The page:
Political Violence in Livingstone parliamentary by-election, Zambia


For immediate release and circulation to the media

Dear all,
In the event of the unfortunate happenings in Livingstone, find here forwarded to you the attached statement. We hope to issue a stronger statement after getting some informed feedback from our staff who are currently on the ground and analysing issues behind the violent incidents which clearly do not auger well for our young and growing democracy.
With many prayers and kind regards in this holy season of Lent. Let us therefore continue to pray for our country. At the same time, let us all unite in praying for the Holy Father, Pope Benedict XVI, who will freely renounce and leave the Petrine Office today for the greater good of the Church he truly loves. How one wishes that the same humility, prudence, wisdom and strength of character could be imbued in our political leaders who are unfortunately thriving on fighting for and trying to keep the instruments of power at the expense of the common good.
Fr. Cleophas Lungu (Secretary General – ZEC)
 
Political Violence in Livingstone parliamentary by-election, Zambia

PRESS STATEMENT from Three Church Mother Bodies of Zambia

“Happy are the peacemakers: they shall be called children of God” (Mt 5:9)
We, the Council of Churches in Zambia (CCZ), the Evangelical Fellowship of Zambia (EFZ), and the Zambia Episcopal Conference (ZEC), are extremely disturbed and greatly saddened by the violence and loss of precious life in the heat of the recent campaigns for the Livingstone parliamentary by-election. Our hearts and prayers go out to the family of the deceased and all victims of violence. At the same time, we condemn in the strongest terms possible, any form political and electoral violence.
We further wish to appeal for calm and maximum restraint from the various political parties in Livingstone and also from the Zambia Police Service. It is incumbent on all of us not to do or say anything that might worsen an already volatile situation.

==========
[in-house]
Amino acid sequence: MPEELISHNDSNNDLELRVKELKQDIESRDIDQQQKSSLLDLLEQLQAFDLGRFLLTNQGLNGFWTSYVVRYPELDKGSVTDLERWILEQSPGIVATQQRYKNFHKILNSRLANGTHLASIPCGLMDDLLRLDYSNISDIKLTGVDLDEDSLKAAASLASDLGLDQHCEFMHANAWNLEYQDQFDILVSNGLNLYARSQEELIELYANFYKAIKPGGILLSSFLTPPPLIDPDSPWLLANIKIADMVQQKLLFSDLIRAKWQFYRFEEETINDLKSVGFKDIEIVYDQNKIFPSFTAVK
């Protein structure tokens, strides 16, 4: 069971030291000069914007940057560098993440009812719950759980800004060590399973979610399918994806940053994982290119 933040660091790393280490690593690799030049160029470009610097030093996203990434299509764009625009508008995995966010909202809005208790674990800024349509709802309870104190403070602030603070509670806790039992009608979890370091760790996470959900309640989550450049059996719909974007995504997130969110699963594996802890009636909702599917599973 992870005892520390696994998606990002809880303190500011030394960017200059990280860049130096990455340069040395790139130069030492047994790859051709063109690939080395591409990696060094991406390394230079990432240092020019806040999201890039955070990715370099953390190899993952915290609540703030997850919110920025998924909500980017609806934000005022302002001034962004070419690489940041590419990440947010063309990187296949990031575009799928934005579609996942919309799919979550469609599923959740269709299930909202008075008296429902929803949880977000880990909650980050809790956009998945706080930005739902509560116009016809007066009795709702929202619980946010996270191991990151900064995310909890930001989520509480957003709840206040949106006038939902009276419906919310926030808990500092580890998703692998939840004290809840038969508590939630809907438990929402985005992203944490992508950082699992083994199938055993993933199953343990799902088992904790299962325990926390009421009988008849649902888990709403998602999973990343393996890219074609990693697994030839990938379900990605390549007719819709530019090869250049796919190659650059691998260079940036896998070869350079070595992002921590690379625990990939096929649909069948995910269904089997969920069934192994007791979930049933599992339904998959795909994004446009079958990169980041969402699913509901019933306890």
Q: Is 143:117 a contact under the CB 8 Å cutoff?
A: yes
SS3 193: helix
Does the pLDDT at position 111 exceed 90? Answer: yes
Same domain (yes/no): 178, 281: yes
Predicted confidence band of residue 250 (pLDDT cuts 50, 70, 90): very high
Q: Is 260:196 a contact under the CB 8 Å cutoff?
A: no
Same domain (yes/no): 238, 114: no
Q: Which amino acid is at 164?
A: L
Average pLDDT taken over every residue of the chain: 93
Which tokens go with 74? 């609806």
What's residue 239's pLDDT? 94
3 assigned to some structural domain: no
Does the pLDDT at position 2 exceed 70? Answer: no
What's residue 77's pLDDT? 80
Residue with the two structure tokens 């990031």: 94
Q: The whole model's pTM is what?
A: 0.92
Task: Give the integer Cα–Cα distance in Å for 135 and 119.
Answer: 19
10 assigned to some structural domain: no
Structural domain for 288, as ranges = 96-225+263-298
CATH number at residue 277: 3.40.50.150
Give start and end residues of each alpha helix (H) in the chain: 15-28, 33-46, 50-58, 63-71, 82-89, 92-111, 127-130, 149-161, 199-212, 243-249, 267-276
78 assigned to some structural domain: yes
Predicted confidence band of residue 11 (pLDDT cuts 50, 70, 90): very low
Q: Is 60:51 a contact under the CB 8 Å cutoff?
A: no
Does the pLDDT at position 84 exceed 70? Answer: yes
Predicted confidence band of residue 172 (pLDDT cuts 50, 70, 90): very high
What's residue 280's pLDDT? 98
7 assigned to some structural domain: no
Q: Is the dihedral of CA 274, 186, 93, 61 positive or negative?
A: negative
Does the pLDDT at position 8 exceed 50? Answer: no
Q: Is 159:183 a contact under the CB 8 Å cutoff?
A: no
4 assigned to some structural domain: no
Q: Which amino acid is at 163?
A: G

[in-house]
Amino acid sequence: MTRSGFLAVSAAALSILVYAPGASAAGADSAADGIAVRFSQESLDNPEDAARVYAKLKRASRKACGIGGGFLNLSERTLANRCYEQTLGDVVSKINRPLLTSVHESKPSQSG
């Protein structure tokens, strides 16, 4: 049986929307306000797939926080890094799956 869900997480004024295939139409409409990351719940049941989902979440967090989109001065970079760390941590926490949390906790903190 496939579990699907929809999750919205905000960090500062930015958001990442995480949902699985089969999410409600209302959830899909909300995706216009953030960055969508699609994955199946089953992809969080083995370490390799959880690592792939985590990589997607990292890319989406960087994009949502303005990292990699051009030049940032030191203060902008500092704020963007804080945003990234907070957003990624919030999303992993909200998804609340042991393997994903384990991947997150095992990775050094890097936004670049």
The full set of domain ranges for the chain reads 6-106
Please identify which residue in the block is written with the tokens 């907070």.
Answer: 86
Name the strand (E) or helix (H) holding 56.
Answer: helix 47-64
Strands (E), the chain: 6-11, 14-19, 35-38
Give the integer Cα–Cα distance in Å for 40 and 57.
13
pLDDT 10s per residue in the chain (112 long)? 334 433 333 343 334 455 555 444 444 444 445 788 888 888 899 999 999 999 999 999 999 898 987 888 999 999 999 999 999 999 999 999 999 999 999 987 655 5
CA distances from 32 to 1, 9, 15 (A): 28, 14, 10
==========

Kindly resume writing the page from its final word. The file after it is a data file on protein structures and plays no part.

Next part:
This is not the time for finger-pointing. What is needed now is for all stakeholders to do some serious soul-searching: Is this the level our politics has come to? Is this the path we want to pursue in our democratic dispensation?
Let us then commit this great nation to prayer. And may God bless us all!
Issued on 27th February, 2013 in Lusaka by the undersigned;
Rev. Suzanne Matale(General Secretary – CCZ)
Rev. Pukuta N. Mwanza (Executive Director – EFZ)
Fr. Cleophas Lungu (Secretary General – ZEC)

Words of thanks from Jean-Bosco Masaba


Words of thanks from Jean-Bosco Masaba
Dear Serge and all the confreres of Zambia.
Thanks for all what you have done for me, especially for helping me throughout my medical needs.
Thanks to the community of Mwapona Road for your warm welcome. “I was feeling good at home!”
Thanks again to all the confreres and stagiaires of Zambia. I am keeping good memories of all of you.
Thanks to the community of Kabwata, FENZA and Misisi.
Thanks also for my short stay in Kitwe. The confreres are very kind. Thanks for your availability.
Thanks to all of your who have prayed for me and sent messages through the blog and e-mails.
How can I thank you? I say: “Twatotela and twatasha”.
Ps: I came to Lubumbashi without problem. Only that I am feeling pain on my leg. I have stated some treatments. It will be OK!
Thanks Mingi, Jean-Bosco Masaba
Message de Jean-Bosco Masaba
Cher Serge et tous les confrères du secteur de la Zambie.
Merci beaucoup pour ce que vous avez fait pour moi, particulièrement pour les soins médicaux.
Merci à toute la communauté de la rue Mwapoma pour votre sens de l’accueil. “J’étais très très bien chez nous”.
Merci à tous les confrères et stagiaires du secteur Zambie. Je garde un bon souvenir de vous tous.
Merci à la communauté de Kabwata, de FENZA et de Misisi.
Merci encore pour le séjour que nous avons eu à Kitwe chez les confrères. Ils sont bien gentils et merci pour leur disponibilité.
Merci aux confrères qui m’ont  soutenu par leurs prières et messages envoyés sur le blogue et par courriel.
Comment vous dire merci? Je vous dis : “Twatotela et twatasha”.
Ps: Je suis bien arrivé à Lubumbashi: il y a juste la jambe qui continue à me faire mal. J’ai commencé avec la kiné. Ça ira!